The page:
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Prof Steven Chu giving a seminar at The Chinese University of Hong Kong

Steven Chu ( pinyin: Zhū Dìwén; born February 28, 1948 in St. Louis) is a Chinese American physicist who, with Claude Cohen-Tannoudji and William D. Phillips, was awarded the 1997 Nobel Prize for Physics for their independent, pioneering research in cooling and trapping atoms using laser light. He is the director of the Lawrence Berkeley National Laboratory.

Chu graduated from the University of Rochester, N.Y., in 1970 with a B.S. in physics and an A.B. in mathematics. He received his doctorate in physics in 1976 from the University of California, Berkeley, where he was a postdoctoral fellow from 1976 to 1978. He joined the staff at Bell Laboratories, Murray Hill, N.J., in 1978 and became the head of the quantum electronics research department at AT&T Bell Laboratories, Holmdel, N.J., in 1983.

In 1985 Chu and his coworkers used an array of intersecting laser beams to create an effect they called "optical molasses", in which the speed of target atoms was reduced from about 4,000 kilometres per hour to about one kilometre per hour, as if the atoms were moving through thick molasses. The temperature of the slowed atoms approached absolute zero (-273.15 C, or -459.67 F). Chu and his colleagues also developed an atomic trap using lasers and magnetic coils that enabled them to capture and study the chilled atoms. Phillips and Cohen-Tannoudji expanded on Chu's work, devising ways to use lasers to trap atoms at temperatures even closer to absolute zero. These techniques make it possible for scientists to improve the accuracy of atomic clocks used in space navigation, to construct atomic interferometers that can precisely measure gravitational forces, and to design atomic lasers that can be used to manipulate electronic circuits at an extremely fine scale.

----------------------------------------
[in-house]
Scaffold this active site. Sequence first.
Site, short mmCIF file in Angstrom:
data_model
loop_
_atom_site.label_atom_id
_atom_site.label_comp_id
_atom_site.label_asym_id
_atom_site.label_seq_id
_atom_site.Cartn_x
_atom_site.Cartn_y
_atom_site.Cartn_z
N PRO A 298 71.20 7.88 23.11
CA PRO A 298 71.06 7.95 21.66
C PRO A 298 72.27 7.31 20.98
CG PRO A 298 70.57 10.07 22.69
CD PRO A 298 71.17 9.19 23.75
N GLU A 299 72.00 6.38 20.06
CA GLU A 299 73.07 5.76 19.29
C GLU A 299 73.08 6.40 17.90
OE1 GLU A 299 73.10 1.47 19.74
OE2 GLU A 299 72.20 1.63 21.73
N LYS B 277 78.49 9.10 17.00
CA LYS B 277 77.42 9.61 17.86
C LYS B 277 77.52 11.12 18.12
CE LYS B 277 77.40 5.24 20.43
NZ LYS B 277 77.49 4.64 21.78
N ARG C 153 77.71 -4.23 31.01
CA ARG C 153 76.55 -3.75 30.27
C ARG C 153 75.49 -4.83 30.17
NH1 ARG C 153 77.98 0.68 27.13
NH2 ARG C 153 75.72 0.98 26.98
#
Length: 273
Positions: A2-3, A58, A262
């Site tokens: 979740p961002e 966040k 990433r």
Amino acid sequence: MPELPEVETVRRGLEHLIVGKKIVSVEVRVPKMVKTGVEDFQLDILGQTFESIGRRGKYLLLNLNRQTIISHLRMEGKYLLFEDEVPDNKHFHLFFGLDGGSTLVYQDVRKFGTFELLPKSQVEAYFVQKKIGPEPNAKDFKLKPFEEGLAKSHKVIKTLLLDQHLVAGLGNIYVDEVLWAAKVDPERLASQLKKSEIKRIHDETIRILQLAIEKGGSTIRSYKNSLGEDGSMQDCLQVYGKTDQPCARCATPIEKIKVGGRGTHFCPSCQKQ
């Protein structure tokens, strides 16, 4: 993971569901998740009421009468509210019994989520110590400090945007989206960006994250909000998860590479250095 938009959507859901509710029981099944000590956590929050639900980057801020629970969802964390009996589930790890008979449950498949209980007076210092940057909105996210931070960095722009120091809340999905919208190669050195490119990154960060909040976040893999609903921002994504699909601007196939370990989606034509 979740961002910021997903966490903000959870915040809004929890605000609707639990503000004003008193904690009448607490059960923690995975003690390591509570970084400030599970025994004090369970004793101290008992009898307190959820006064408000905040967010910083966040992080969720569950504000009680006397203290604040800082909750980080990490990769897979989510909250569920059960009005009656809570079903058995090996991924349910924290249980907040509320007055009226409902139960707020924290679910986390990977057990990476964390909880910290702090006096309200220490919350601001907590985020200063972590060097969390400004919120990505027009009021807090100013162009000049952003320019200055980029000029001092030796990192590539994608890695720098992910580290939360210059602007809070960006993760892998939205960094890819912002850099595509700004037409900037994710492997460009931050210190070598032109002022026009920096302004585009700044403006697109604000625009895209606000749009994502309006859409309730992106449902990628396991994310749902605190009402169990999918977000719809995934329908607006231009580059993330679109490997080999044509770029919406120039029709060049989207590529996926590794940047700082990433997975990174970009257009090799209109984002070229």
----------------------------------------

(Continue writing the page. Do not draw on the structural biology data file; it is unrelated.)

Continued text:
In 2005 Chu proposed a theoretical and novel way to produce ethanol from wood to solve the world's energy problem by duplicating the digestive track of termites. Termites digest cellulose and convert it into ethanol via a carbon-neutral process of digestion.

He became a professor in the physics and applied physics departments at Stanford University in 1987 and went on leave 2004 when he took on the directorship of Lawrence Berkeley National Laboratory.

Chu is married to Jean Chu, an Oxford-trained physicist and former physics professor at San Jose State University in CA.

Steven Chu's older brother is Gilbert Chu, Professor of Biochemistry and Medicine at Stanford University, and his younger brother is influential lawyer Morgan Chu of southern California.

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